duhhhhhhhh.
    richard, Mar 8, 2011
    #3
  4. On Mon, 7 Mar 2011 22:48:54 -0700, richard <> wrote:

    >On Mon, 07 Mar 2011 20:42:45 -0800, Evan Platt wrote:
    >
    >> On Tue, 8 Mar 2011 02:37:48 -0000, "Bob" <> wrote:
    >>
    >>>I've put together a few smallish sites for clients which include online
    >>>forms. Their day-to-day email is managed away from the web server (usually
    >>>by email forwarding at the domain host) and the php scripts process the
    >>>forms as usual and squirt out emails to relevant form owners and visitors
    >>>alike.
    >>>
    >>>Now, here's the problem - a lot of these emails are being flagged as spam,
    >>>presumably because the spam guards are doing a reverse DNS lookup on the
    >>>domain name and discovering that the MX records are located elsewhere.
    >>>
    >>>Is there anything I can do about this? I'm hesitant to create another MX
    >>>record for the web server, as this seems to be the wrong way to go about
    >>>solving the problem (indeed, it could create even more). I have a vague
    >>>recollection, however, of a setting in the DNS that might address the
    >>>issue - registering a web server as a valid mail sender while at the same
    >>>time not identifying it as an MX host.
    >>>
    >>>
    >>>Any thoughts/advice gratefully received!

    >>
    >> You need to give more detail than "It's being flagged as spam".
    >>
    >> What is flagging it as spam? SpamAssassin?
    >>
    >> If SA is, it'll give a score, and a reason for each 'point' it gives.
    >> See what causes it to think it's spam. Could be as simple as HTML, or
    >> maybe as simple as "From and To Match".

    >
    >Right. This, coming from a guy who can't even link things right.
    >When clicking on "photo gallery" one gets met with a "mailto"?
    >Gee evan, explain please what happens when "from" matches "to".
    >duhhhhhhhh.


    I think he wanted to say: "From" matched the real "From"
    Because the initiator is always the real initiator, but the "From"
    part of the mail header can be set differently.
    Howaver -> May be the program who initiate the mail can set the header
    part "From" identical with the header part "To:"
    Raymond Schmit, Mar 9, 2011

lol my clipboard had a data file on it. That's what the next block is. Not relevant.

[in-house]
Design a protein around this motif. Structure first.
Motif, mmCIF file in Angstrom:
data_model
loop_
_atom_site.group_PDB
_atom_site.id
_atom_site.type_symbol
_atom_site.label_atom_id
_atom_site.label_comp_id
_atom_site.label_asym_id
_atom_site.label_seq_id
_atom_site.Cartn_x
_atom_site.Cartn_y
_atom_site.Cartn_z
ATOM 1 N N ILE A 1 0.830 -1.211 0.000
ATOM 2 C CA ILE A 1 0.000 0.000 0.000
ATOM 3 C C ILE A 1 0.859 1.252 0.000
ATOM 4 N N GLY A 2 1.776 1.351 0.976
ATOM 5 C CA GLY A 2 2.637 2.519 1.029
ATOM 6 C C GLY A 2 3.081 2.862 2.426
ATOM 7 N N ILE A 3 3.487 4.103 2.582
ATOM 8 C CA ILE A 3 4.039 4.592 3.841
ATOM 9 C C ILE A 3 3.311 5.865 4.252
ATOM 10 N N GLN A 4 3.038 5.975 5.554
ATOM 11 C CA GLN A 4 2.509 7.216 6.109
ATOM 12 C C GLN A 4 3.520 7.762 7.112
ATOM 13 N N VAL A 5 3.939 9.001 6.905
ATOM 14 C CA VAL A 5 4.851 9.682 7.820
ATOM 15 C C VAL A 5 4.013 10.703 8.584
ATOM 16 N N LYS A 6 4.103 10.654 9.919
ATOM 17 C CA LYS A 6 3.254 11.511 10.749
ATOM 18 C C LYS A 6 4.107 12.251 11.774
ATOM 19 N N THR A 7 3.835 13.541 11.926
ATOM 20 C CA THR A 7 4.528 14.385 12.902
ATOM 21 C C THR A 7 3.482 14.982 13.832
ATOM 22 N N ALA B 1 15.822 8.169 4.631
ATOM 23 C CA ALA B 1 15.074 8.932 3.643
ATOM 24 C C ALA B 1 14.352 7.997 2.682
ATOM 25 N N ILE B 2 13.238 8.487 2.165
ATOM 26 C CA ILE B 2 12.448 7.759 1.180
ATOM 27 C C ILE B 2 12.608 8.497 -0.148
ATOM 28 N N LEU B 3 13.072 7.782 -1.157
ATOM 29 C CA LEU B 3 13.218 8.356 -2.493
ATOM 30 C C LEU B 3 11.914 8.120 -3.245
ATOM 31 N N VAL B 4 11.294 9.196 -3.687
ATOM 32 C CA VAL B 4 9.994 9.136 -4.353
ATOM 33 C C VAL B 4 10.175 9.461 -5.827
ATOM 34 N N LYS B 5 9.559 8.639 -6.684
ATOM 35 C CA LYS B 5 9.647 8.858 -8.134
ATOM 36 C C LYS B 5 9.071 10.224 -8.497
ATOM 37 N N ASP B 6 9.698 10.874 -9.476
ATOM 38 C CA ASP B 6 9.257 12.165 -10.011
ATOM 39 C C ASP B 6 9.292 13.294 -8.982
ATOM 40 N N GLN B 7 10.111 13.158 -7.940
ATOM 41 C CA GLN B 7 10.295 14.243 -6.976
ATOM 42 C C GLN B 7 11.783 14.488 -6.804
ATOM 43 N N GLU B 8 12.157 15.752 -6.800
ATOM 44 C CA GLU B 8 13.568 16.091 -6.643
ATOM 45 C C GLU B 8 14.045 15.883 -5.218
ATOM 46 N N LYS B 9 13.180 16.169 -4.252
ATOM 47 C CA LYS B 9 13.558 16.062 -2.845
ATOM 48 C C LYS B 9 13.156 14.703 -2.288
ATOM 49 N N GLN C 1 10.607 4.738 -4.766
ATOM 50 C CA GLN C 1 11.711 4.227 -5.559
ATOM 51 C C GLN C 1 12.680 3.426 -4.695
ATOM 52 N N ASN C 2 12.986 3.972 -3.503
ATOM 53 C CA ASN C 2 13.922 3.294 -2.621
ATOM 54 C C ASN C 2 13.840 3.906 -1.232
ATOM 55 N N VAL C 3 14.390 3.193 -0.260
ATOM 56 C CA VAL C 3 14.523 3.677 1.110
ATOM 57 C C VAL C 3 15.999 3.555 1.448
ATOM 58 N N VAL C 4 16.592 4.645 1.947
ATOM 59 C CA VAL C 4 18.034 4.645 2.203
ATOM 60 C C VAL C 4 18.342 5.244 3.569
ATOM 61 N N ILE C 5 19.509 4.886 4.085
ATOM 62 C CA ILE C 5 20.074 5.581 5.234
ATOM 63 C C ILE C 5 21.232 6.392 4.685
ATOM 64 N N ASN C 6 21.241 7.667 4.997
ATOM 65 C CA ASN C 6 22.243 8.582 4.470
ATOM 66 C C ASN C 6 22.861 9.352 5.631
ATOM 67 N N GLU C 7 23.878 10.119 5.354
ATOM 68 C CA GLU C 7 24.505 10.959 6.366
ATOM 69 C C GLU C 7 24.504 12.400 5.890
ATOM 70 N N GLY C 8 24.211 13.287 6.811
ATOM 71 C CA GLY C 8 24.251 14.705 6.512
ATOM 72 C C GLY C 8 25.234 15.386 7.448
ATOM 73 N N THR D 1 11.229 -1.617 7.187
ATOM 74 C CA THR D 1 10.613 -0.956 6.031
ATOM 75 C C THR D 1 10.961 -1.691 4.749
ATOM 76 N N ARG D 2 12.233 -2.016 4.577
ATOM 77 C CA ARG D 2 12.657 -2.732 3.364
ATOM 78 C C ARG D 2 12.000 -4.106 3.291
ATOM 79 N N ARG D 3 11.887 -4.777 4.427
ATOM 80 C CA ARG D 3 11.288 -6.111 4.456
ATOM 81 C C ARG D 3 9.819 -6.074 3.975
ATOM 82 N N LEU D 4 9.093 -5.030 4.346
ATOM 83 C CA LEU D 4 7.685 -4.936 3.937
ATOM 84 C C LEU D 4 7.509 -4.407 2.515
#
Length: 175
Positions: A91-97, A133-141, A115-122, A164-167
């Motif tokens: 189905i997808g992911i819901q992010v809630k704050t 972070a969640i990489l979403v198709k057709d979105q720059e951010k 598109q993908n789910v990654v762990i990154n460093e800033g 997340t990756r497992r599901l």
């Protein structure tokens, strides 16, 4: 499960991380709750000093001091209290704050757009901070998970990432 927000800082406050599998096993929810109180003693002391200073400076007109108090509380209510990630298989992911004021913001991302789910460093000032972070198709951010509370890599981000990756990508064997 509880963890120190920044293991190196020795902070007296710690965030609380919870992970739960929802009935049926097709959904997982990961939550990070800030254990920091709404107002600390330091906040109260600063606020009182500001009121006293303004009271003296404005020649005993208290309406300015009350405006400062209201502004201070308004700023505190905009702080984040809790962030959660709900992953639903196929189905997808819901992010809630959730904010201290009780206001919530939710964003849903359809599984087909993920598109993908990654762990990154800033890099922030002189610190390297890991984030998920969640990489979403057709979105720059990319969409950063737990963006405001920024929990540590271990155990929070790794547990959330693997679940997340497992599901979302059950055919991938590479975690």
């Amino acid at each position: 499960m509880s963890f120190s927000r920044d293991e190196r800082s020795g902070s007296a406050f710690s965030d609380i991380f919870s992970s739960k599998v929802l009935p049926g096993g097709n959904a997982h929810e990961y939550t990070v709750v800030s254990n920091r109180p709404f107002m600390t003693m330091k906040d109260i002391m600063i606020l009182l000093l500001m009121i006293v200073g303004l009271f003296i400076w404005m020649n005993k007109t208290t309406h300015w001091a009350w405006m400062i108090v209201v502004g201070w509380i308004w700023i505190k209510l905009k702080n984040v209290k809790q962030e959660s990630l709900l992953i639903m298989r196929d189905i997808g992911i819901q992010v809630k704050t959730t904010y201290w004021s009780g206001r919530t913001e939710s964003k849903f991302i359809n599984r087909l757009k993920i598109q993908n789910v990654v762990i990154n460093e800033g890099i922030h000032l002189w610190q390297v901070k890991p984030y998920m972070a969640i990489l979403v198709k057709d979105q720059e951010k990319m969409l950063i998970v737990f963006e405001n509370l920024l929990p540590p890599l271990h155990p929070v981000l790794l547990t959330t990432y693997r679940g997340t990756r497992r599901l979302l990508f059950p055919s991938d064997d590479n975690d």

#4
  5. Bob

    richard Guest

    On Tue, 08 Mar 2011 20:41:11 -0800, Evan Platt wrote:

    > On Wed, 09 Mar 2011 00:00:26 GMT, (Raymond
    > Schmit) wrote:
    >
    >>I think he wanted to say: "From" matched the real "From"
    >>Because the initiator is always the real initiator, but the "From"
    >>part of the mail header can be set differently.
    >>Howaver -> May be the program who initiate the mail can set the header
    >>part "From" identical with the header part "To:"

    >
    > No, From matches to.
    >
    > Say I'm e-mailing you at .
    >
    > I send to and set my from and reply to as
    > . SpamAssassin sees this as a potential spam flag, and
    > adds a few points for good measure.


    As it should. Now kindly read the ICANN rules about proper use of email
    addy's.
    The only time you are allowed to do such a thing is when the source email
    addy and recipient is YOU. Doing that from a third party is considered
    spam.

    While you're educating yourself, lookup the historic spam lawsuit that was
    known as the "flowers" case. In which the original owner of flowers.com was
    ltierally shut down because some asshole used their addy in the return
    path.
    richard, Mar 9, 2011
    #5
  6. On Tue, 08 Mar 2011 20:41:11 -0800, Evan Platt
    <> wrote:

    >On Wed, 09 Mar 2011 00:00:26 GMT, (Raymond
    >Schmit) wrote:
    >
    >>I think he wanted to say: "From" matched the real "From"
    >>Because the initiator is always the real initiator, but the "From"
    >>part of the mail header can be set differently.
    >>Howaver -> May be the program who initiate the mail can set the header
    >>part "From" identical with the header part "To:"

    >
    >No, From matches to.
    >
    >Say I'm e-mailing you at .
    >
    >I send to and set my from and reply to as
    > . SpamAssassin sees this as a potential spam flag, and
    >adds a few points for good measure.


    If you sent to . you may not set From:
    . Because this is not true . is not the
    real initiator of the mail. So it's suspicious and can be viewed as a
    spam?
    Raymond Schmit, Mar 9, 2011
    #6